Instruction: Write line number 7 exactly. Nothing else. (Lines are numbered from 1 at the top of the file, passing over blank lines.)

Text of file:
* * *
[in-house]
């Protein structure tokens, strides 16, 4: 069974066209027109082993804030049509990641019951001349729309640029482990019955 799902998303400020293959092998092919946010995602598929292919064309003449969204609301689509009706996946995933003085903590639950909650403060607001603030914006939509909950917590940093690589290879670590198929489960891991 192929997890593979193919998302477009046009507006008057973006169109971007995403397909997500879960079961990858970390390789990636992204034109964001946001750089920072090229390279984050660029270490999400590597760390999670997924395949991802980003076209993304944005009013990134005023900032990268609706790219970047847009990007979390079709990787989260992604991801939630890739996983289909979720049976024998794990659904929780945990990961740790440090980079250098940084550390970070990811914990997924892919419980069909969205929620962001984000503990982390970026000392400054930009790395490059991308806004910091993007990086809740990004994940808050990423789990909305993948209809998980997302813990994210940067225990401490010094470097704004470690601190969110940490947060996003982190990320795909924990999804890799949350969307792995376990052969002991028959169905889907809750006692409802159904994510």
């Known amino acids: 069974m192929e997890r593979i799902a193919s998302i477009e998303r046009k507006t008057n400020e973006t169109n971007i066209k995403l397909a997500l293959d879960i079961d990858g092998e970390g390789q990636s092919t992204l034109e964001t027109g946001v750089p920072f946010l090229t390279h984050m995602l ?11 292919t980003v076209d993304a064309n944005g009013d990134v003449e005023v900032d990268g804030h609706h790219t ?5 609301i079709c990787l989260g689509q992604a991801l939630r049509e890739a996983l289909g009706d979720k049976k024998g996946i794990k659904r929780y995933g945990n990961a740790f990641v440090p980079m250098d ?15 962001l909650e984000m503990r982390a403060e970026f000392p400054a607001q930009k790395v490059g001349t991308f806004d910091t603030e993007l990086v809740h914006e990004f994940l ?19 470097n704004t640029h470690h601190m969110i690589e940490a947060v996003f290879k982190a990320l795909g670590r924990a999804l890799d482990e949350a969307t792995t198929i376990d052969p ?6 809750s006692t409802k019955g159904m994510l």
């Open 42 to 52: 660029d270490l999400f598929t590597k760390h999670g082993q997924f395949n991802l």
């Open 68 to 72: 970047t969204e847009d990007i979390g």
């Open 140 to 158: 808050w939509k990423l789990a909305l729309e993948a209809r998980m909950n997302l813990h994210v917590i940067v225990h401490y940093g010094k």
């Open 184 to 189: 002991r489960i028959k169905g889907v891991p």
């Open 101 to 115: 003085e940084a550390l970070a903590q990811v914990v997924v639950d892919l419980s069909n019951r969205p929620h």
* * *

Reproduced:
């Open 184 to 189: 002991r489960i028959k169905g889907v891991p």